A Look at the Past
Portugal is one of the oldest countries in Europe. Its frontiers were established in 1297 and have not changed since.

The Celts and Iberians were the first inhabitants of the area. In the second century B.C., the area was under Roman domination and was known as the province of Lusitania. The German Visigoths invaded in the fifth century A.D. and in the eighth century, North African Muslims, known as Moors, took control of the area.

The Spanish fought to retake the area from the Moors. What is now the northern part of the country became a feudal province of Spain in the 11th century. In 1139, Alfonso Henriques, son of the count of Portugal, declared Portugal's independence from Spain. He and his successors continued the fight against the Moors and by 1279, the Moors had been expelled from Portugal. The Moorish influence, however, remained in Portuguese architecture and design.
Did you know?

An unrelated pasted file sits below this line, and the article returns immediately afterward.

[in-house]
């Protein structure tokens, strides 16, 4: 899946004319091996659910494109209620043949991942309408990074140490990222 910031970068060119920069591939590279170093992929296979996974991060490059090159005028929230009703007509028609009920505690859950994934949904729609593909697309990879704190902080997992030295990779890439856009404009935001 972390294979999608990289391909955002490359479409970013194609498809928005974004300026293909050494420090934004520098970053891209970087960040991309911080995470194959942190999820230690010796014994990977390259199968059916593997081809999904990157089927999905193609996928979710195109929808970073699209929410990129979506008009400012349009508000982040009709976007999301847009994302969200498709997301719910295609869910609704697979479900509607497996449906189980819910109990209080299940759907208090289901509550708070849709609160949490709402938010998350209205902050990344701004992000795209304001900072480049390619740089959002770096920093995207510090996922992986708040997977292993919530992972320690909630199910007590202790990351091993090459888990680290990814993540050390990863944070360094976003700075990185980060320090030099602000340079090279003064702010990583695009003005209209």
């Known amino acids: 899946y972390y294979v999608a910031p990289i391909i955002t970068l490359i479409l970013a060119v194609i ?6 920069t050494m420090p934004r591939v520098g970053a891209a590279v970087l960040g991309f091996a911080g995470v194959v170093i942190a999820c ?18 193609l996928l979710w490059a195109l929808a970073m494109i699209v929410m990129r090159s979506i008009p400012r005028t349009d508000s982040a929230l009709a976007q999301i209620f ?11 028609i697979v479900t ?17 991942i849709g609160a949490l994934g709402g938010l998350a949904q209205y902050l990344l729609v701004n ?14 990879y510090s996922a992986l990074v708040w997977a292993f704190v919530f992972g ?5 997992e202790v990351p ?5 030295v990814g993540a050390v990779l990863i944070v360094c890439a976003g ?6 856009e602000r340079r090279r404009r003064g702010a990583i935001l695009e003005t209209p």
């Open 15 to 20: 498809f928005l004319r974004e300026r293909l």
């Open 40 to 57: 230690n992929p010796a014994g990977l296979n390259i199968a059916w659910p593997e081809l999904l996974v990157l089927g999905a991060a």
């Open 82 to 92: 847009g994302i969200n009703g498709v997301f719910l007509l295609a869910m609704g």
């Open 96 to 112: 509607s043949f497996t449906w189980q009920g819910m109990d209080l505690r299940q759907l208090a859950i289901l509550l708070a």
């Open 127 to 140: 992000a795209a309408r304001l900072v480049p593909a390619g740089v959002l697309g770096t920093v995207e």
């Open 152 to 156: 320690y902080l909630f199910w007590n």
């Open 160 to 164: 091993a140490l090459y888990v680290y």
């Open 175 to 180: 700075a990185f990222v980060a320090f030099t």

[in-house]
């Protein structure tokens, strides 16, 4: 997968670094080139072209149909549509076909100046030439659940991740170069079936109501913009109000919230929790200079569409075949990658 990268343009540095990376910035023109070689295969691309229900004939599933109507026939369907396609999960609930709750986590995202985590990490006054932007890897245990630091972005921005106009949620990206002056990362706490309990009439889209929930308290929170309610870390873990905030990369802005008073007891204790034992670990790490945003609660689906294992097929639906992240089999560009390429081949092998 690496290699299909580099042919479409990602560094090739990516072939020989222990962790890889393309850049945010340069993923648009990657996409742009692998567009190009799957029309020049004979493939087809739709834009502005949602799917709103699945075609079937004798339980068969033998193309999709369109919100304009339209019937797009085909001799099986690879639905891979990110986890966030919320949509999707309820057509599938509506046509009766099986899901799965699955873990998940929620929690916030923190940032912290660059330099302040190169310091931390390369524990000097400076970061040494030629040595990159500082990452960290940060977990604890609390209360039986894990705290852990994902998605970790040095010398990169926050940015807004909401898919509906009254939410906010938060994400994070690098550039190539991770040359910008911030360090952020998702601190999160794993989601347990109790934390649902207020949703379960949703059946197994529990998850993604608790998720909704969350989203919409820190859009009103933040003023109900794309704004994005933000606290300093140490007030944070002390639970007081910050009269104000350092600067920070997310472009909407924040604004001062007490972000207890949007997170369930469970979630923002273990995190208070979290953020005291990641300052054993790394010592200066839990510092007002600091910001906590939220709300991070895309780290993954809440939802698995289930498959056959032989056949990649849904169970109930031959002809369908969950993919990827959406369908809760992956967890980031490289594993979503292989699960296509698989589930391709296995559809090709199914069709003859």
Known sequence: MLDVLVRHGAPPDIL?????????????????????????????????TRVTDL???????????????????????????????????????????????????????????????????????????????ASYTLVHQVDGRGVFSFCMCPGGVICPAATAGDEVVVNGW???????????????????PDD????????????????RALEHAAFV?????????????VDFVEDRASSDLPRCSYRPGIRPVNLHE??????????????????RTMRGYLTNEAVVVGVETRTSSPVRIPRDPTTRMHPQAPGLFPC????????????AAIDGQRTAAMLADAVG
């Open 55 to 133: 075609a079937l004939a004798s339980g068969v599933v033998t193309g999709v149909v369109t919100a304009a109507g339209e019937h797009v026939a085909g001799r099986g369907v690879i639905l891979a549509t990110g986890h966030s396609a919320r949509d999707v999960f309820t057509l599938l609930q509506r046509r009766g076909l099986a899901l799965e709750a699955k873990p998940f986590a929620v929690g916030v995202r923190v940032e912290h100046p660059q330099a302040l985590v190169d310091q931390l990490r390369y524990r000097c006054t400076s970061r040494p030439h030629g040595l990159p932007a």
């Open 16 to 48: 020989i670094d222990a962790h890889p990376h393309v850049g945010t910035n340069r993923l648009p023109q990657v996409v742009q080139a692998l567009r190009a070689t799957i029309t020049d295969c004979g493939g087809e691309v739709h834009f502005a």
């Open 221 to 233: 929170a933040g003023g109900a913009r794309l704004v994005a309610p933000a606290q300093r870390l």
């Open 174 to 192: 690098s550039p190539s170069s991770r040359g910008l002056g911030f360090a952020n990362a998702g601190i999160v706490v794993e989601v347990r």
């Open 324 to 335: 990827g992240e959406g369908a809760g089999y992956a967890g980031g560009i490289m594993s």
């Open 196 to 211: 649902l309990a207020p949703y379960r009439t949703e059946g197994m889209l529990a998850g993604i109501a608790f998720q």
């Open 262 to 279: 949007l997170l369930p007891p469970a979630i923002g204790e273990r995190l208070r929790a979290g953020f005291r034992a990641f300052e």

Vasco da Gama, a Portuguese explorer, found a route to the Far East in 1498, six years after Columbus' voyage across the Atlantic. Pedro Alvares Cabral landed in South America in 1500.

Portuguese mariners and explorers roamed the world and dominated sea trade during the 15th and 16th centuries. Portugal colonized Brazil in South America, Mozambique, Angola and Portuguese Guinea in Africa, Goa in India and the trading post of Macao in China.

During the 19th century, the monarchy adopted a constitution and granted independence to Brazil. In 1910, the monarchy was overthrown and a republic was announced. After a period of instability, Prime Minister Antonio de Oliveira Salazar took control with the support of the country's elite and the Roman Catholic Church. He abolished political parties and trade unions and implemented political censorship.

In the 1960s, the African Liberation Movement led to the rebellion of Portugal's African colonies. Angola rebelled against Portugal in 1961 followed by Portuguese Guinea in 1963 and Mozambique in 1964. In 1974, the Portuguese government was overthrown by a group of army officers in a coup called the Revolution of the Carnations. During the next two years, the African colonies were granted their independence. In 1976 Portugal adopted a new constitution.

In the 1980s, Portugal worked to improve its economy, trade and educational system. Portugal joined the European Economic Community in 1986. This allowed the Portuguese better access to education, health care, employment and social justice.